Have you ever wondered what happens to your retirement savings if you die before reaching retirement age?
What do you think:
- The retirement fund keeps your money and re-invests it.
- The retirement fund trustees split your money among themselves.
- None of the above.
Definitely no. 3! All your savings to date are paid out – this is called a death benefit. In the old days, you could nominate in writing the recipients of your death benefit. It could be your spouse, your kids, your church, or the SPCA, and upon your death, the money was distributed according to your wishes.
Section 37C of the Pension Funds Act changed all that. Section 37C, promulgated in August 1976, stipulates that the distribution of your death benefits remains the responsibility of the retirement fund trustees.
That doesn’t sound fair you might think – it is your money after all… but the rationale behind Section 37C is to ensure that those who were financially dependent on the member are not left destitute after their death. It also helps reduce the burden on the state by reducing the need for dependants to rely on social grants if they were supported financially by a member before their death.
Furthermore, for that very reason, the state provides significant tax concessions as an incentive for members to provide for spouses, children and dependants in the event of their death.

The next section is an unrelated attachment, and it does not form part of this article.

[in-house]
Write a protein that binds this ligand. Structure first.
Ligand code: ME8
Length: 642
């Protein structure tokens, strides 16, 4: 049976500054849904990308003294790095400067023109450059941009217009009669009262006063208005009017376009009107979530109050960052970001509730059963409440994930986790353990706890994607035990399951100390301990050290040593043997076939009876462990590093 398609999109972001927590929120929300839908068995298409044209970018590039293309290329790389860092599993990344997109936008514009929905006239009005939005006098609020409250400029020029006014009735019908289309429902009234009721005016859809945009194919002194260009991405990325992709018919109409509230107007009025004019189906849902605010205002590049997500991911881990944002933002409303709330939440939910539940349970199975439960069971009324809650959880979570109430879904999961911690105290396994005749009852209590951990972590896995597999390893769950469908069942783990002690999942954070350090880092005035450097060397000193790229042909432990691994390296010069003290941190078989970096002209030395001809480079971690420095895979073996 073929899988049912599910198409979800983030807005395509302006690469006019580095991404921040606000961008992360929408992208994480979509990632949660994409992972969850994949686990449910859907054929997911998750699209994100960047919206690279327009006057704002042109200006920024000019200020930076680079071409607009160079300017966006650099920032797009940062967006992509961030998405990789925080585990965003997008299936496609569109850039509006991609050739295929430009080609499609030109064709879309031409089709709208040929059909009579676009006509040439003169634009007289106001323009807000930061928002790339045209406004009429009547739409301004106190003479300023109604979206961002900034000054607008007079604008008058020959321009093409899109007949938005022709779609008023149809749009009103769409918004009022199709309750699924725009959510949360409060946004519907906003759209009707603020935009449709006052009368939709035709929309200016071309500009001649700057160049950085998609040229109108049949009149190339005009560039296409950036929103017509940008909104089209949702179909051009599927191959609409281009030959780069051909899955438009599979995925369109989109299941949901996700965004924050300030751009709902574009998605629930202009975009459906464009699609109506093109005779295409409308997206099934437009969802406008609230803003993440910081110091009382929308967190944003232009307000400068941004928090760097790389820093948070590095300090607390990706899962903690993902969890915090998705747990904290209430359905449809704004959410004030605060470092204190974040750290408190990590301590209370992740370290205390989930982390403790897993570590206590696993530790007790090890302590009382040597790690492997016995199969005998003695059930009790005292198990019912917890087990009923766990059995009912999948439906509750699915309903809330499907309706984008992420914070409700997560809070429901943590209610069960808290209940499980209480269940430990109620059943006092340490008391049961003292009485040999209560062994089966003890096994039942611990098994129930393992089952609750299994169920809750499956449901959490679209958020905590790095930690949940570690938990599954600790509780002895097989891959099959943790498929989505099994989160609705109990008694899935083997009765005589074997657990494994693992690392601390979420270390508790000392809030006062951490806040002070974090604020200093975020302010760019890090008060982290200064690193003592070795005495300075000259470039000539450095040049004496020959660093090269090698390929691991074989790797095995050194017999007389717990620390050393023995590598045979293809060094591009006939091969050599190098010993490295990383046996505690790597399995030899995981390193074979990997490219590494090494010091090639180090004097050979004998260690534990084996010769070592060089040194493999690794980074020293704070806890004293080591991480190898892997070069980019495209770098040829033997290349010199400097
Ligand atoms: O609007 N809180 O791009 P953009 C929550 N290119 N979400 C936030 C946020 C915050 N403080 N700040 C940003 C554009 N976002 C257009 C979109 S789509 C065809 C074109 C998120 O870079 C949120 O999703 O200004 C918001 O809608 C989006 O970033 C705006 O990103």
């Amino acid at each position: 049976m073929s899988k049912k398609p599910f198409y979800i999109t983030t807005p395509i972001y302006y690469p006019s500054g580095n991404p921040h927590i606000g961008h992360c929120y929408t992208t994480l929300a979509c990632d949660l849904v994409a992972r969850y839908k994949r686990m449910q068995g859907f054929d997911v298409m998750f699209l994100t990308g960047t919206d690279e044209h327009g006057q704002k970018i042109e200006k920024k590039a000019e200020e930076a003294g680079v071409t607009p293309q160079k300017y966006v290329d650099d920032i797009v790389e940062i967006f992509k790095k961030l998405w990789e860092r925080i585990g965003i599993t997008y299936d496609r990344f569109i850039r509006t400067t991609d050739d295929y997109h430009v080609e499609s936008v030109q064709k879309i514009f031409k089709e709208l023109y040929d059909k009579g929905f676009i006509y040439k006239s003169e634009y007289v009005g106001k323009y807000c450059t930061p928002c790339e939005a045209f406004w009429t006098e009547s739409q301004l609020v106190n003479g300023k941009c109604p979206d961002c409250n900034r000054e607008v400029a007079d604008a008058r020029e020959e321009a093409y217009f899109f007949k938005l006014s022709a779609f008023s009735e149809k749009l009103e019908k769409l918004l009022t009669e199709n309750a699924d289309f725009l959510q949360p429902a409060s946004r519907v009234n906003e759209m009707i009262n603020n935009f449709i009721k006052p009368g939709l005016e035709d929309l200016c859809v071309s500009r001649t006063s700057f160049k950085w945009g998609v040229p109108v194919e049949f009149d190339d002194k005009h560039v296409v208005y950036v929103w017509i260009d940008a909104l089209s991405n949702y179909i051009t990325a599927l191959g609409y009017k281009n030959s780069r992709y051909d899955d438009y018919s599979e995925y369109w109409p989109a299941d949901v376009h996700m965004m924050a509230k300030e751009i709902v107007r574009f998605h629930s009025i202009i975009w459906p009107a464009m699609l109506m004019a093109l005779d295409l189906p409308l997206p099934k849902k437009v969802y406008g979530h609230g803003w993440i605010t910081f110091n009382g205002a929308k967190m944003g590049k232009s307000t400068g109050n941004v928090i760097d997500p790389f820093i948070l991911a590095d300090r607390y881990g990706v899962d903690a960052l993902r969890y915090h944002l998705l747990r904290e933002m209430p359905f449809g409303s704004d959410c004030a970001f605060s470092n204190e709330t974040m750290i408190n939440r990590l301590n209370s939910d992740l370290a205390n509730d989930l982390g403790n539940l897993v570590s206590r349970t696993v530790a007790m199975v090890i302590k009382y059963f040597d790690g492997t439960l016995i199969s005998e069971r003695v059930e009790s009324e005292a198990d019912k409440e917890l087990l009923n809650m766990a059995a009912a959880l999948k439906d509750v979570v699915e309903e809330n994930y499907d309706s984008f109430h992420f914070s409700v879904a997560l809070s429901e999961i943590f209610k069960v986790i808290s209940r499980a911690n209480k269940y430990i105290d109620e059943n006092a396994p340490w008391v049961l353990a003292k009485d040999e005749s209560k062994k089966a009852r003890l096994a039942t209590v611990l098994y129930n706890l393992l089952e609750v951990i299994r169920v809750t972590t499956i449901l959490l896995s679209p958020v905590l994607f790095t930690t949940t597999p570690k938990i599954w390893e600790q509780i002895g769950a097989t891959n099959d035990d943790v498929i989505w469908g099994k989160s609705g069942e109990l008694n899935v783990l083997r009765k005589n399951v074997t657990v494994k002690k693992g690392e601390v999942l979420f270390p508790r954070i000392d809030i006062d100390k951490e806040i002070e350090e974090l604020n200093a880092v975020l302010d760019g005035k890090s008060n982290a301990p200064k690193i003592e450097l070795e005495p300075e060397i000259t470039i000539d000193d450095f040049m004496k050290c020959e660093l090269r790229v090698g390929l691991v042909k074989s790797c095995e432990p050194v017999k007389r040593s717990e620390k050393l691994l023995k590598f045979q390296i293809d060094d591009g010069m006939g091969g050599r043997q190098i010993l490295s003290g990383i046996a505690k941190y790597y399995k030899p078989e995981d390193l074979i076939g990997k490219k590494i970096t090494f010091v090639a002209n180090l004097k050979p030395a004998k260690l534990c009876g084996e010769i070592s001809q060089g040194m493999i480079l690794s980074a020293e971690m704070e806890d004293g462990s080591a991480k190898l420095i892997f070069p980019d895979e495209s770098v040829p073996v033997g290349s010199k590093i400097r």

What is the duty of the board of trustees?
- They must conduct a thorough investigation to identify the dependents of a deceased member.
- The board must allocate distributions on a fair and equitable basis. The trustees must identify the competing needs of the various dependents. This difficult task has many factors to consider such as the age of the dependents, their relationship with the deceased, the extent of their dependency and the wishes of the deceased among others.
- The trustees must determine an appropriate method of payment for the death benefit. They can either pay the dependent directly (lump sum or instalments), into a registered beneficiary fund or a trustee/trust/appointed person that oversees the needs of the dependent.
Ata wants to know…
Who are my dependents?
Your spouse, children (born out of wedlock and adopted), parents, grandparents and grandchildren or anyone who is financially dependent on you at the time of your death. Also, anyone entitled to maintenance; as well as anyone who may in the future become financially dependent on you (such as a fiancé or an unborn child, for example).
What if I live in Johannesburg but have a child staying in the Eastern Cape?
It is the trustees’ responsibility to identify and trace all dependents. While trustees should aim to distribute the death benefit as quickly as possible, this process is influenced by individual circumstances and how long it takes to find dependants. Trustees have at least 12 months to search for dependents, but this time can be extended if necessary.